Dear Dr. Don,
My wife and I have a mortgage balance of about $60,000. Our principal and interest expense is about $1,000 per month. We’re about eight years into a 15-year mortgage. I was told that if we made a lump-sum additional principal payment of either $10,000 or $20,000, we would pay off our mortgage earlier and our monthly interest payment would go down quite a bit. At the same time, our monthly principal payment would go up quite a bit, so we would be paying much less in interest on the remainder of the mortgage. Is there any truth to that?
— Terry Term
It’s all true. When you make an additional principal payment, you reduce the outstanding mortgage balance. The interest component of your monthly mortgage payment is based on the loan balance. A lower loan balance means a lower monthly interest expense.
On an amortized, fixed-rate mortgage, the loan payment is contractual and doesn’t change. An amortized loan has a monthly payment large enough to cover last month’s interest expense and to pay down a part of the principal balance. As the loan balance declines over time, more of your monthly payment goes toward the repayment of principal.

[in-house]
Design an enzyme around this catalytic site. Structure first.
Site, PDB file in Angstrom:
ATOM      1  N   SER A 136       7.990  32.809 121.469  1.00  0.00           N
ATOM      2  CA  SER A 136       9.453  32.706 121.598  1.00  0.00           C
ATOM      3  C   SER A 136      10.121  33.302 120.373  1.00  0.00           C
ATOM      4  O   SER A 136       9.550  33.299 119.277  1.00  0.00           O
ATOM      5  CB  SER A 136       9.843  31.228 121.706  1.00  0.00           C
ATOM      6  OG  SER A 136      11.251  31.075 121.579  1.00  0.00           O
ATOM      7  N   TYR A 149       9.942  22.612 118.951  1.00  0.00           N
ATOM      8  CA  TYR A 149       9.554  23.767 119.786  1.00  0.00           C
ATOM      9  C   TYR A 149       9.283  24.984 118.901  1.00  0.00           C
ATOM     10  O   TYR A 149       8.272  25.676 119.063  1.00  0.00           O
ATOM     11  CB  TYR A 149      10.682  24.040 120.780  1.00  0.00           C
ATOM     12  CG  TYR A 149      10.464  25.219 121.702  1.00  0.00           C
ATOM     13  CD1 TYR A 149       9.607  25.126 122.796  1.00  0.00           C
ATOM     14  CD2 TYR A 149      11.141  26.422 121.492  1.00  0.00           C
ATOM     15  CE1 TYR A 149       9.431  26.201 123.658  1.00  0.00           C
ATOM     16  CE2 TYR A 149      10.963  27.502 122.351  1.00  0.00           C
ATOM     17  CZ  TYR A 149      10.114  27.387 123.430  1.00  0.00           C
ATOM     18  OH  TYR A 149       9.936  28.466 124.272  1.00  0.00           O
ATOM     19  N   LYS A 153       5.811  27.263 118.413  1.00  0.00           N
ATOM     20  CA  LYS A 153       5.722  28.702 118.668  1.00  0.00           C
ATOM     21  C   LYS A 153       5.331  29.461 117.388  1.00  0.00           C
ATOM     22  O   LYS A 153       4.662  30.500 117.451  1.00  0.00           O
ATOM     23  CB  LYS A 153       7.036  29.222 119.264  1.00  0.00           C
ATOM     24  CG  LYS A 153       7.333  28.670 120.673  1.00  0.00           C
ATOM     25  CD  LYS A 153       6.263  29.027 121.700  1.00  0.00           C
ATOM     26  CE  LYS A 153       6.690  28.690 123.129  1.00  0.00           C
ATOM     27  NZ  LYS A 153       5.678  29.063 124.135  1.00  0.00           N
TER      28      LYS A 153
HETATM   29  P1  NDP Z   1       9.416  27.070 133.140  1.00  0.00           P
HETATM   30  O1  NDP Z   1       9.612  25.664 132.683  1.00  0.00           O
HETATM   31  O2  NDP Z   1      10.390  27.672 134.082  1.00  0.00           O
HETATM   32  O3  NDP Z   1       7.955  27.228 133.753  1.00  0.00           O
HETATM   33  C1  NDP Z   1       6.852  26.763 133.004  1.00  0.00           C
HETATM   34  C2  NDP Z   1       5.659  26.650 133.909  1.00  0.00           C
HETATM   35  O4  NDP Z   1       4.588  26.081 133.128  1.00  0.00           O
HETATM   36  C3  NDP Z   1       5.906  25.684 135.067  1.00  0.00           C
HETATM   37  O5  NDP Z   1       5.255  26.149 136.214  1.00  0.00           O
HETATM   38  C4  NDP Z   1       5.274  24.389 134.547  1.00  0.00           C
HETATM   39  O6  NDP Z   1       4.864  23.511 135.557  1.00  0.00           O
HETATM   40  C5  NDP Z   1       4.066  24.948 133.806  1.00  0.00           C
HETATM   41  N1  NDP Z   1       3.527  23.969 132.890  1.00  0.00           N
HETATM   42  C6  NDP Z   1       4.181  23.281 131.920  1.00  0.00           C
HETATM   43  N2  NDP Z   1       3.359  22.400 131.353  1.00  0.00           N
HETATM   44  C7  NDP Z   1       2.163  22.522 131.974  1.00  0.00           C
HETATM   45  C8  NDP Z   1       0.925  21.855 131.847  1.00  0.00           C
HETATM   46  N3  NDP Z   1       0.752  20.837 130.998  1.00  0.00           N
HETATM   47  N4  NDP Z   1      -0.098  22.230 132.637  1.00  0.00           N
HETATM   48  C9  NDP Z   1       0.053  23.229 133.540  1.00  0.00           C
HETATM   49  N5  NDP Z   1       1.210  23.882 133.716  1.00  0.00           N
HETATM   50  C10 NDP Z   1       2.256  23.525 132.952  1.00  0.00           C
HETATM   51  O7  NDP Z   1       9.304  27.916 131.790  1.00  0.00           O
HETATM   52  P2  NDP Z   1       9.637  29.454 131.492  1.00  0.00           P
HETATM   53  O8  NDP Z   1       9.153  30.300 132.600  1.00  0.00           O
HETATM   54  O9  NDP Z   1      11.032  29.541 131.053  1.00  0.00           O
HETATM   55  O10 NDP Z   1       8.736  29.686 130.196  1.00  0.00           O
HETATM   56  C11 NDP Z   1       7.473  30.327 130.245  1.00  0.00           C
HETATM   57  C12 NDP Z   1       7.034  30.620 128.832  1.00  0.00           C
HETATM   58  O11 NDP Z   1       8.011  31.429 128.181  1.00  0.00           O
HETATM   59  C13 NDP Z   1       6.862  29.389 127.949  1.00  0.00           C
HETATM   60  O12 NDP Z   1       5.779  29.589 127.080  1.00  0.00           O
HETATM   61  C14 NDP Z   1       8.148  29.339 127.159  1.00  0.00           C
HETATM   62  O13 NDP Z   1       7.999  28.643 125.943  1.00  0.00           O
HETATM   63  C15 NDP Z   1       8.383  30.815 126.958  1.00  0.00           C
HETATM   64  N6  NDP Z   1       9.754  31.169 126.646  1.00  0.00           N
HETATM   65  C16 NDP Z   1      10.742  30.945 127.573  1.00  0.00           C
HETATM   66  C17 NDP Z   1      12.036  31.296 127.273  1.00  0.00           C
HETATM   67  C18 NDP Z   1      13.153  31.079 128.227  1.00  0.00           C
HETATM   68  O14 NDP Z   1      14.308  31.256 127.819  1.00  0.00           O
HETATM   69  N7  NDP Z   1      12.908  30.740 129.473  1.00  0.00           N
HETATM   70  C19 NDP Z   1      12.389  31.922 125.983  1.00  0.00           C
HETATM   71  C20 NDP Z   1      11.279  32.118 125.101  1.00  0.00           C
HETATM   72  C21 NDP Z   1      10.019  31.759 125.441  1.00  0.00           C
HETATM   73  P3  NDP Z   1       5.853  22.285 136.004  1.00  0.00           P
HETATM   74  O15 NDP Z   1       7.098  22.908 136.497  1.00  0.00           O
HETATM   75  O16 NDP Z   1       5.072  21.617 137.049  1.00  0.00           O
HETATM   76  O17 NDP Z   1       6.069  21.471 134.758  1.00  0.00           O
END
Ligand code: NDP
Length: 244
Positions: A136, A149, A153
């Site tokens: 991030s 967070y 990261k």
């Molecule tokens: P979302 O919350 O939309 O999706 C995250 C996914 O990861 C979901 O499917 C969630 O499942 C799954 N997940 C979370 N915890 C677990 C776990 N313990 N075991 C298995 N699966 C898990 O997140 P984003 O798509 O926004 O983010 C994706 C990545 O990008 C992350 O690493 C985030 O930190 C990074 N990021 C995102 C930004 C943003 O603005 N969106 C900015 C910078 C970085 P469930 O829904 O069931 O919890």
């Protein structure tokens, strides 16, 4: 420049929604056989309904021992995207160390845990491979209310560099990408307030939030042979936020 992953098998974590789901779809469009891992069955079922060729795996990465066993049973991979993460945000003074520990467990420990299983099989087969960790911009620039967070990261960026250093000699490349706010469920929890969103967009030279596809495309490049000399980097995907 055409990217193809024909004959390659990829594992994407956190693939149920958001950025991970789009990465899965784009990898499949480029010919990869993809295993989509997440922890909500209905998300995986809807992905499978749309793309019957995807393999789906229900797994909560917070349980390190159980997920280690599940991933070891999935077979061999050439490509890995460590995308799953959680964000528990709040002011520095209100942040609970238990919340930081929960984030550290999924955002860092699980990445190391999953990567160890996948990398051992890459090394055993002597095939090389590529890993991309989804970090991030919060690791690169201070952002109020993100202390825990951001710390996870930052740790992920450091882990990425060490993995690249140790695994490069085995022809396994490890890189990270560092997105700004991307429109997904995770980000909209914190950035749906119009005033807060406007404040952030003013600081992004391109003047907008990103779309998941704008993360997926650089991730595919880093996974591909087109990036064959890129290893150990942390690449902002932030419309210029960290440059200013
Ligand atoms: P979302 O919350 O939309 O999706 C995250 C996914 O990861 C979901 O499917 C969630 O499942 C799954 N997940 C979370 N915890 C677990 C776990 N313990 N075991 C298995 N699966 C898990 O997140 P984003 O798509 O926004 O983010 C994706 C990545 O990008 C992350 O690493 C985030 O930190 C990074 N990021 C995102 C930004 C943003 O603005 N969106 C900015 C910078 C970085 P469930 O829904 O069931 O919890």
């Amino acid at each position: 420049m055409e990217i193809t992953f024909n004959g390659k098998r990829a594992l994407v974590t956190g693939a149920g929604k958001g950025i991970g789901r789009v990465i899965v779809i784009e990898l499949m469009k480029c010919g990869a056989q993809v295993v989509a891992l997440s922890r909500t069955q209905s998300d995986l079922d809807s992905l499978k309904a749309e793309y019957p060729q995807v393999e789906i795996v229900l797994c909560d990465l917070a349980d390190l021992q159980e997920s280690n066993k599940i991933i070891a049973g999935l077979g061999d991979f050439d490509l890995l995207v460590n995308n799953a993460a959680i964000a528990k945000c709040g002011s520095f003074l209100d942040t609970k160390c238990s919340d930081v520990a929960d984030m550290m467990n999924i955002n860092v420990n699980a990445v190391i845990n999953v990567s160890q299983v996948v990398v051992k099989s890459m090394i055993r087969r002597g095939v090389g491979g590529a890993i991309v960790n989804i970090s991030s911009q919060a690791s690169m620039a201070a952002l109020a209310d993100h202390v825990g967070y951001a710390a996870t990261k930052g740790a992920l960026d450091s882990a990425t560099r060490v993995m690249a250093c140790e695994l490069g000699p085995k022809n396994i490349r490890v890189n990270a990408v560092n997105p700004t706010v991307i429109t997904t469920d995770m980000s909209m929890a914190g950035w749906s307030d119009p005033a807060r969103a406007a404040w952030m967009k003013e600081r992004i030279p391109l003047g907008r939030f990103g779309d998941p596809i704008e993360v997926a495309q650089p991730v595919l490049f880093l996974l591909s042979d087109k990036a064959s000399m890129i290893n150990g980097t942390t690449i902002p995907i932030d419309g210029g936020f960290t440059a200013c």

Because the loan payment doesn’t change after you make an additional principal payment, what does change is the life of the loan. You will repay the loan faster than the stated loan term. You can use Bankrate’s mortgage calculator to determine how a lump sum payment reduces your mortgage interest expense and the remaining loan term.
I’m a little concerned about your numbers. I’m hoping your principal-and-interest payment is actually the principal, interest, taxes and insurance, or PITI, payment. If you have a $1,000 mortgage payment with seven years left on a 15-year mortgage and a current loan balance of $60,000, your mortgage interest rate is roughly 10.25 percent. If that’s the case and your credit scores can handle it, you’d be better off splitting that lump-sum payment between closing costs on a refinancing and reducing the loan amount.
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